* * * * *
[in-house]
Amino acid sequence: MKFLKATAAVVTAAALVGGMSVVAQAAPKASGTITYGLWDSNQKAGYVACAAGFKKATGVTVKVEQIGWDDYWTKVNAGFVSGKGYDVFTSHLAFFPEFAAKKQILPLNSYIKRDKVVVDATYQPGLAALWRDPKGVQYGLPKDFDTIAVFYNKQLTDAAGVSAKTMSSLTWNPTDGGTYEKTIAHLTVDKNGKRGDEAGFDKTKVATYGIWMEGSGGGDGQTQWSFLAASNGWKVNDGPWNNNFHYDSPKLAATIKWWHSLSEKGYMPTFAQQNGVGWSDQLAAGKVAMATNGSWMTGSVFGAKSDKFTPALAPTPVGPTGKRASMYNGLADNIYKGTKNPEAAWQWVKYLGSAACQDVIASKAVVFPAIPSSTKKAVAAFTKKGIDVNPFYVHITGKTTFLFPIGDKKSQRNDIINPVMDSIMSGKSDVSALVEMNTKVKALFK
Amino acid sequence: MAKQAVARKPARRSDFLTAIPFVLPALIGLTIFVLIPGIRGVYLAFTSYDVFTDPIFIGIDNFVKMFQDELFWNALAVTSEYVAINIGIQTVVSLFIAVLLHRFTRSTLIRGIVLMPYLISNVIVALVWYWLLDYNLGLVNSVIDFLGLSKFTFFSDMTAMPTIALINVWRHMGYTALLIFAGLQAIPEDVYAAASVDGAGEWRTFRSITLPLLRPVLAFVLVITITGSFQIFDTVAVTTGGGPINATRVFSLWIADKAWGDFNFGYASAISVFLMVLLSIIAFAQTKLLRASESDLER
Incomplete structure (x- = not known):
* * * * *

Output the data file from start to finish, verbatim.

[in-house]
Amino acid sequence: MKFLKATAAVVTAAALVGGMSVVAQAAPKASGTITYGLWDSNQKAGYVACAAGFKKATGVTVKVEQIGWDDYWTKVNAGFVSGKGYDVFTSHLAFFPEFAAKKQILPLNSYIKRDKVVVDATYQPGLAALWRDPKGVQYGLPKDFDTIAVFYNKQLTDAAGVSAKTMSSLTWNPTDGGTYEKTIAHLTVDKNGKRGDEAGFDKTKVATYGIWMEGSGGGDGQTQWSFLAASNGWKVNDGPWNNNFHYDSPKLAATIKWWHSLSEKGYMPTFAQQNGVGWSDQLAAGKVAMATNGSWMTGSVFGAKSDKFTPALAPTPVGPTGKRASMYNGLADNIYKGTKNPEAAWQWVKYLGSAACQDVIASKAVVFPAIPSSTKKAVAAFTKKGIDVNPFYVHITGKTTFLFPIGDKKSQRNDIINPVMDSIMSGKSDVSALVEMNTKVKALFK
Amino acid sequence: MAKQAVARKPARRSDFLTAIPFVLPALIGLTIFVLIPGIRGVYLAFTSYDVFTDPIFIGIDNFVKMFQDELFWNALAVTSEYVAINIGIQTVVSLFIAVLLHRFTRSTLIRGIVLMPYLISNVIVALVWYWLLDYNLGLVNSVIDFLGLSKFTFFSDMTAMPTIALINVWRHMGYTALLIFAGLQAIPEDVYAAASVDGAGEWRTFRSITLPLLRPVLAFVLVITITGSFQIFDTVAVTTGGGPINATRVFSLWIADKAWGDFNFGYASAISVFLMVLLSIIAFAQTKLLRASESDLER
Incomplete structure (x- = not known):